Saturday, November 28, 2009

Schools and Censorship II

So, I spent about two hours this morning doing something that would have been useful and educational for my Computer Technology students, except that the school board will not let them do it at school.

My Technology students are working on Power Point type presentations about various topics in the Society and Technology strand of their course. The topics are quite relevant and potentially interesting, such as Internet Safety, Privacy Issues, Assistive Technology, Health Issues and Computers. This assignment was given out before I arrived and one of the expectations is that the students will embed a video into their presentation. The best way I know to embed a video is to have the video file on hand and insert it in the presentation. This means that the students need to be able to get to relevant video files. No problem there, YouTube is full of great videos on the topics they need, and you can easily use Mozilla Firefox's Download Helper to get the movies onto a drive. Unfortunately, school computers do not have Firefox, it cannot be installed, and students' access to YouTube is blocked. There are reasons for all of these choices by the school board but the net effect is that a potentially interesting and educational trip through relevant YouTube videos was impossible for my students to do in class.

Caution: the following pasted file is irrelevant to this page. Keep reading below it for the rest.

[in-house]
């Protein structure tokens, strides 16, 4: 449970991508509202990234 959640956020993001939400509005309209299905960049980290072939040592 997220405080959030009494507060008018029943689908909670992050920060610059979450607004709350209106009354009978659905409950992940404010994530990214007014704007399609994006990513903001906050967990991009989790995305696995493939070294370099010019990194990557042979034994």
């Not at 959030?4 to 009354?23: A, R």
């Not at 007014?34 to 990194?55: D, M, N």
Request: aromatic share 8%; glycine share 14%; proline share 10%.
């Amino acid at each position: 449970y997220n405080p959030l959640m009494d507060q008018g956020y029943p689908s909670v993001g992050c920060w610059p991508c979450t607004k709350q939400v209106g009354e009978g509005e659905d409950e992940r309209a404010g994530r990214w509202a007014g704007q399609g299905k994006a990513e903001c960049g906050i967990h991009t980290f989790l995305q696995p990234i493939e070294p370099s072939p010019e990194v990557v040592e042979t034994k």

In the end, I spent a couple of hours finding and downloading videos that my students can use. What makes me sad is that had been students been able to do this work at school I probably would have been able to get at least an hour of looking, learning and thinking out of each student in the class. But, they were not allowed to do this work in class because of the board's decisions, so we have to be satisfied with my two person-hours of work versus the 15-20 or more hours that the students would have put in as a group.

This is not meant as a diatribe against the school board or anyone who works for it. I understand that YouTube is blocked because it is usually a huge distraction. I am told that Firefox is a security risk for a network. There are valid reasons for each individual decision that was made. It is just that the cumulative effect is a loss of learning, and that always makes me sad.

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